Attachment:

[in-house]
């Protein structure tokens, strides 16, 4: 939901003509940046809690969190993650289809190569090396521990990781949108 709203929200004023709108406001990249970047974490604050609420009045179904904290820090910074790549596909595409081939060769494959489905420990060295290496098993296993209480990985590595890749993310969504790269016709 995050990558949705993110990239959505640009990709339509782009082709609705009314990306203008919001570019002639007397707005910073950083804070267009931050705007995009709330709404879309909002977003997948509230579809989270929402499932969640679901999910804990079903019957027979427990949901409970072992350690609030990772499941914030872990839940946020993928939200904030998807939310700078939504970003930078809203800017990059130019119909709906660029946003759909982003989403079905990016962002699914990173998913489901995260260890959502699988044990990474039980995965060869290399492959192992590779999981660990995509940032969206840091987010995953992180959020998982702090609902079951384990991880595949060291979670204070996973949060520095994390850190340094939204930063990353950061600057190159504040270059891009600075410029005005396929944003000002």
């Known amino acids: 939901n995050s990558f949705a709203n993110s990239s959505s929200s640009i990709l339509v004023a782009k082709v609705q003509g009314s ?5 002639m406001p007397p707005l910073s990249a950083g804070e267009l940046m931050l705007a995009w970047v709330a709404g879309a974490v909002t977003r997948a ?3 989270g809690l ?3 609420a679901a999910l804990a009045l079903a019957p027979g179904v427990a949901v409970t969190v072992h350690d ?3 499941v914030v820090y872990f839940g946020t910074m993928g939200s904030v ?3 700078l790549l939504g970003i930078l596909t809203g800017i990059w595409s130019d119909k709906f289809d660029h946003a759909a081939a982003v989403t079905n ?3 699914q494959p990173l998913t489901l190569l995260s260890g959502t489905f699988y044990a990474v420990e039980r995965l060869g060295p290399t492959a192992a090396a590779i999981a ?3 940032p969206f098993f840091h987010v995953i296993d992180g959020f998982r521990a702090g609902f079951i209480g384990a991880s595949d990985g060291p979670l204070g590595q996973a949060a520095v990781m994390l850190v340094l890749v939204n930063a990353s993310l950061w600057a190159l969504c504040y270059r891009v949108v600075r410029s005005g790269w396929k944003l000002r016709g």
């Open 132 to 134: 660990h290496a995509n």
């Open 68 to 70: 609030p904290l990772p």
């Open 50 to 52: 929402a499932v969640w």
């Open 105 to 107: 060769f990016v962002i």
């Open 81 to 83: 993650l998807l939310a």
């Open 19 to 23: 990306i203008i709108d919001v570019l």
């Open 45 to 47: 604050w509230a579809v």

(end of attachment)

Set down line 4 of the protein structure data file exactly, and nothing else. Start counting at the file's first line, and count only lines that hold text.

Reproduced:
């Open 132 to 134: 660990h290496a995509n």